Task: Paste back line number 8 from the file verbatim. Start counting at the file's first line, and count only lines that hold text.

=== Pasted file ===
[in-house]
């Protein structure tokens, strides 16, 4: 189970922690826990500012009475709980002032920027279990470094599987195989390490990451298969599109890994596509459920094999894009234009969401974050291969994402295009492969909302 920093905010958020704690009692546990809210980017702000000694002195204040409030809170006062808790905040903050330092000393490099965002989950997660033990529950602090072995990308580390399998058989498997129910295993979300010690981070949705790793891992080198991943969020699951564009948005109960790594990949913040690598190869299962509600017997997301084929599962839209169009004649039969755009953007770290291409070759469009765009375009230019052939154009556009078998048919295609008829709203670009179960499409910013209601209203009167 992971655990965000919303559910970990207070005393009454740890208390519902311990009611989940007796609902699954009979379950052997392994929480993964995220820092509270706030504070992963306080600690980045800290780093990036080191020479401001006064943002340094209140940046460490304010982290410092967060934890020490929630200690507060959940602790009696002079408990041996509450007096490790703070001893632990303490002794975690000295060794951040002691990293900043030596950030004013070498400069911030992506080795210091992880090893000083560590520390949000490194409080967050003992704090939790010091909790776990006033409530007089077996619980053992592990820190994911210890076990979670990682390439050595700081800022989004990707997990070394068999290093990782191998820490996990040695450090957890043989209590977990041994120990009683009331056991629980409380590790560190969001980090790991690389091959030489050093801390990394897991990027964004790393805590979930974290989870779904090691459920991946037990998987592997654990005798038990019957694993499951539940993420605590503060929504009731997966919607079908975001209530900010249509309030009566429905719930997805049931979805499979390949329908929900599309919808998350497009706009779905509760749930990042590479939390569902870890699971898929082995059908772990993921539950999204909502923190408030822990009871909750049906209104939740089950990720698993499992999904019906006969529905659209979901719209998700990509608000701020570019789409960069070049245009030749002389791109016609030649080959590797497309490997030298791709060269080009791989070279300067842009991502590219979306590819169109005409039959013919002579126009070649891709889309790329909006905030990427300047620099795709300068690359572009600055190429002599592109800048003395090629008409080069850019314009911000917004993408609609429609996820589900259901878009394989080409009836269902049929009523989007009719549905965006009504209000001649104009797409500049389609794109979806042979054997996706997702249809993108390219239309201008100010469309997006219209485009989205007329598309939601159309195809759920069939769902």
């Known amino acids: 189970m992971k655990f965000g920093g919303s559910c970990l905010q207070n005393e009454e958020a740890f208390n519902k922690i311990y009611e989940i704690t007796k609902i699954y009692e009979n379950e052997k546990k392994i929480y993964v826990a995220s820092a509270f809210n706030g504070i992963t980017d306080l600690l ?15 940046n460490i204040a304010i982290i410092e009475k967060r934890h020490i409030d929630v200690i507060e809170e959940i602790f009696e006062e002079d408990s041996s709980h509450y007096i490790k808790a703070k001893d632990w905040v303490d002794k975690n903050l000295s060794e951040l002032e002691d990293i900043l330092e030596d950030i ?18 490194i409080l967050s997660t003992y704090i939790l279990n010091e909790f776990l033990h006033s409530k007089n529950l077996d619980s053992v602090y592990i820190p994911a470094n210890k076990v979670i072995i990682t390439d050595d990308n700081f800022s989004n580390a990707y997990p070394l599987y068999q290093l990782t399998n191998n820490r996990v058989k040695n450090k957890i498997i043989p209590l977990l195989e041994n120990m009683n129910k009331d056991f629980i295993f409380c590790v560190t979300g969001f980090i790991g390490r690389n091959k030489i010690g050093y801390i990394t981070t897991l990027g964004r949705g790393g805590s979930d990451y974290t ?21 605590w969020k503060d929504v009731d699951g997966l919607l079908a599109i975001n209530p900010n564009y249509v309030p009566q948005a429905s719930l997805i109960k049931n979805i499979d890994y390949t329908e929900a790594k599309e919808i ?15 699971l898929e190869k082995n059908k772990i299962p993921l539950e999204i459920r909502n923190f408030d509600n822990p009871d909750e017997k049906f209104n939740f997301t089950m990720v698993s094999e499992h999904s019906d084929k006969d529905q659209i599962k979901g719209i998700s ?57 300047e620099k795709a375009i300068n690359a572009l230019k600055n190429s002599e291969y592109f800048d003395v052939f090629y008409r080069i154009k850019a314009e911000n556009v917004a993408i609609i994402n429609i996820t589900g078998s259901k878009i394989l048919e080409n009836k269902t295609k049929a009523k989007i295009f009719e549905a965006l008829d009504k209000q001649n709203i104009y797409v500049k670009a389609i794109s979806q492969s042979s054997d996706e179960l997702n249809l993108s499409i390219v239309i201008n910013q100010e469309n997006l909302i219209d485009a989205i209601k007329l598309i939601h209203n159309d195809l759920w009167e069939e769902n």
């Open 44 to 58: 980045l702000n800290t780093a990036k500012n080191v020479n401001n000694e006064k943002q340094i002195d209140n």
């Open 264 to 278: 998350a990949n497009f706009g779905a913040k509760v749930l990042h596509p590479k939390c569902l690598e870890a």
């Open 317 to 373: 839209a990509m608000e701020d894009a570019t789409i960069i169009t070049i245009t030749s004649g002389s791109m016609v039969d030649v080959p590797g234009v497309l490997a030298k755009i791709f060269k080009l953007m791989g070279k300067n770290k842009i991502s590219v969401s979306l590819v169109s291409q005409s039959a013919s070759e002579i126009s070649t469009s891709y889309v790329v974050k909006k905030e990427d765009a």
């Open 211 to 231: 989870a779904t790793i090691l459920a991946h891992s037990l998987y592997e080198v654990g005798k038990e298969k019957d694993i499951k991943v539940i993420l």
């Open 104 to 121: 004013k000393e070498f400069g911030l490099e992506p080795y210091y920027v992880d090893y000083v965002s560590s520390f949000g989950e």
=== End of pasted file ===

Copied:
């Open 104 to 121: 004013k000393e070498f400069g911030l490099e992506p080795y210091y920027v992880d090893y000083v965002s560590s520390f949000g989950e």